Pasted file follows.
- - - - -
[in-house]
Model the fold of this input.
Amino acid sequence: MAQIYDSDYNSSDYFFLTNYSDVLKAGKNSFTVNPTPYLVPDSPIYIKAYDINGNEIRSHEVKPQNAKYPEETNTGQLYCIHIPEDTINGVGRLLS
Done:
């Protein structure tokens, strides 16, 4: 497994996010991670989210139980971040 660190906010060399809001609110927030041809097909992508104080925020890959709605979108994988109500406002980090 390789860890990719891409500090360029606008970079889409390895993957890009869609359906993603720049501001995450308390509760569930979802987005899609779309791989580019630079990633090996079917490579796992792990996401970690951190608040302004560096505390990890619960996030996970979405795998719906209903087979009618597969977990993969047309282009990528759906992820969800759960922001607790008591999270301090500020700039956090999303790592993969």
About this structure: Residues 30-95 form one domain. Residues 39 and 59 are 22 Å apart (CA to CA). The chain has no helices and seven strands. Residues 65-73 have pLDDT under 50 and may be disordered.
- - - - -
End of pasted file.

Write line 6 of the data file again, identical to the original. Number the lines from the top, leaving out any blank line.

About this structure: Residues 30-95 form one domain. Residues 39 and 59 are 22 Å apart (CA to CA). The chain has no helices and seven strands. Residues 65-73 have pLDDT under 50 and may be disordered.